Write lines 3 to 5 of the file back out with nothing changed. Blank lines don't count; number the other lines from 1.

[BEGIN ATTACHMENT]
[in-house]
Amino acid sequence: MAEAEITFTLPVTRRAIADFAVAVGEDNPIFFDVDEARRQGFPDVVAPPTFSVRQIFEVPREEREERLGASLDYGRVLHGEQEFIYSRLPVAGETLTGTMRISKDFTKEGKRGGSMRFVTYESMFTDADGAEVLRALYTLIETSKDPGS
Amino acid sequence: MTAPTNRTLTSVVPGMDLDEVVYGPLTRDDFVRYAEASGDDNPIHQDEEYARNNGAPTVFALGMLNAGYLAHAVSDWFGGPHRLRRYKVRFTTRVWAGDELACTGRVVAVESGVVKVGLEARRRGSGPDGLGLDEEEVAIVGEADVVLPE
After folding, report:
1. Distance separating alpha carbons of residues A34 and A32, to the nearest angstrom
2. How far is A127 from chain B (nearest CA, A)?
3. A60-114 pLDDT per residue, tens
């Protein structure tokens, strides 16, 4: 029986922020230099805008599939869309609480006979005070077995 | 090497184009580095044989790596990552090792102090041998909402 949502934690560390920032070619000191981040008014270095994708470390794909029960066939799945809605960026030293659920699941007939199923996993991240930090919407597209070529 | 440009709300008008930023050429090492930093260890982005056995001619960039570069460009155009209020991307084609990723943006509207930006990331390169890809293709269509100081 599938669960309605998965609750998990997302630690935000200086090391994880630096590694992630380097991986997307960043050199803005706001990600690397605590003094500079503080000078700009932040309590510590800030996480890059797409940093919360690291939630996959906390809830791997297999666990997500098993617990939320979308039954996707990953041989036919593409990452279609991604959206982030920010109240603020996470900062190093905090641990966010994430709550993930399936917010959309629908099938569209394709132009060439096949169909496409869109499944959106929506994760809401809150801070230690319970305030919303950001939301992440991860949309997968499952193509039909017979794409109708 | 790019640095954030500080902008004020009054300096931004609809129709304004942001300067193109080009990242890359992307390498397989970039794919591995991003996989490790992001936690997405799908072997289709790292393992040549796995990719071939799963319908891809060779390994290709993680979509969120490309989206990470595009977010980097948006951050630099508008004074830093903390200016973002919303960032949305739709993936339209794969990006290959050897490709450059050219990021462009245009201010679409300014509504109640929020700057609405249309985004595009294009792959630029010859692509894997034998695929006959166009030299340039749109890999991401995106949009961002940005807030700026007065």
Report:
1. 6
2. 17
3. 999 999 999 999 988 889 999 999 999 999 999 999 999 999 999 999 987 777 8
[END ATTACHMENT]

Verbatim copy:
Amino acid sequence: MTAPTNRTLTSVVPGMDLDEVVYGPLTRDDFVRYAEASGDDNPIHQDEEYARNNGAPTVFALGMLNAGYLAHAVSDWFGGPHRLRRYKVRFTTRVWAGDELACTGRVVAVESGVVKVGLEARRRGSGPDGLGLDEEEVAIVGEADVVLPE
After folding, report:
1. Distance separating alpha carbons of residues A34 and A32, to the nearest angstrom